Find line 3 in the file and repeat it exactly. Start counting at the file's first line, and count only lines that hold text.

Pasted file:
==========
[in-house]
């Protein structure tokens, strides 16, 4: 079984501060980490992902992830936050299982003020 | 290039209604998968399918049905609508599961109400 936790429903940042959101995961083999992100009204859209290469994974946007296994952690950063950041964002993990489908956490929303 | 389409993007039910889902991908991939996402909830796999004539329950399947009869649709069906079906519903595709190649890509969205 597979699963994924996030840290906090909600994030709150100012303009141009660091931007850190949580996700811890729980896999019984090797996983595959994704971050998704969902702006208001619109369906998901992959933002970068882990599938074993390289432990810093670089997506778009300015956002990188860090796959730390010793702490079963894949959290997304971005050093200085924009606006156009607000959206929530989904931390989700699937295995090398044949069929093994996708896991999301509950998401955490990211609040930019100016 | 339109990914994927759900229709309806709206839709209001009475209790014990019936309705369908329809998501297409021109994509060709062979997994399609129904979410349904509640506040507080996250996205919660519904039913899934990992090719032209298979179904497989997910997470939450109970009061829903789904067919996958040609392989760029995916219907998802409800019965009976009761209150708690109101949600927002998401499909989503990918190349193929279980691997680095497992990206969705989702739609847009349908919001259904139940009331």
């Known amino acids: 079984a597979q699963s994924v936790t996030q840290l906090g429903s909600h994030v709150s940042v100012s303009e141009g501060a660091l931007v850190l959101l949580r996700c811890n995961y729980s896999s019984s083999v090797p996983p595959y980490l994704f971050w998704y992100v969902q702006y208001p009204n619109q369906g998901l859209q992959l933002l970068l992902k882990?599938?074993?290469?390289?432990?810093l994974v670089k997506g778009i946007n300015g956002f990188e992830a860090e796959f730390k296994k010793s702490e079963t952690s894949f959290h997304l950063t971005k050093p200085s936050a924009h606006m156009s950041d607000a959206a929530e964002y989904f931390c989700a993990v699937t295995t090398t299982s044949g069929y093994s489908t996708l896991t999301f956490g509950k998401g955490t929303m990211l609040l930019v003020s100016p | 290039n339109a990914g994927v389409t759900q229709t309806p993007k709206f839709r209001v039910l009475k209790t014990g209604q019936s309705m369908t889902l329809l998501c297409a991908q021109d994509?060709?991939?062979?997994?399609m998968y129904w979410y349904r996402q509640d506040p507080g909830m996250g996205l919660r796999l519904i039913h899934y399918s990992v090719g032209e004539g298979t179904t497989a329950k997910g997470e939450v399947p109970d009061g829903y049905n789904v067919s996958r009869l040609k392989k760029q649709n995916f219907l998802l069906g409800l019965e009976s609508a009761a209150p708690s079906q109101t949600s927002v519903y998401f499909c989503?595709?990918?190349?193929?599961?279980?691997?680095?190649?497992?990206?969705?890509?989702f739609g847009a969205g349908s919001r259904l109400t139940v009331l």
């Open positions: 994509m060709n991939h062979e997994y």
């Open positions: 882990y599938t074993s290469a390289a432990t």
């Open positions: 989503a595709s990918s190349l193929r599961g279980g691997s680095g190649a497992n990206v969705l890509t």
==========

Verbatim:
């Known amino acids: 079984a597979q699963s994924v936790t996030q840290l906090g429903s909600h994030v709150s940042v100012s303009e141009g501060a660091l931007v850190l959101l949580r996700c811890n995961y729980s896999s019984s083999v090797p996983p595959y980490l994704f971050w998704y992100v969902q702006y208001p009204n619109q369906g998901l859209q992959l933002l970068l992902k882990?599938?074993?290469?390289?432990?810093l994974v670089k997506g778009i946007n300015g956002f990188e992830a860090e796959f730390k296994k010793s702490e079963t952690s894949f959290h997304l950063t971005k050093p200085s936050a924009h606006m156009s950041d607000a959206a929530e964002y989904f931390c989700a993990v699937t295995t090398t299982s044949g069929y093994s489908t996708l896991t999301f956490g509950k998401g955490t929303m990211l609040l930019v003020s100016p | 290039n339109a990914g994927v389409t759900q229709t309806p993007k709206f839709r209001v039910l009475k209790t014990g209604q019936s309705m369908t889902l329809l998501c297409a991908q021109d994509?060709?991939?062979?997994?399609m998968y129904w979410y349904r996402q509640d506040p507080g909830m996250g996205l919660r796999l519904i039913h899934y399918s990992v090719g032209e004539g298979t179904t497989a329950k997910g997470e939450v399947p109970d009061g829903y049905n789904v067919s996958r009869l040609k392989k760029q649709n995916f219907l998802l069906g409800l019965e009976s609508a009761a209150p708690s079906q109101t949600s927002v519903y998401f499909c989503?595709?990918?190349?193929?599961?279980?691997?680095?190649?497992?990206?969705?890509?989702f739609g847009a969205g349908s919001r259904l109400t139940v009331l």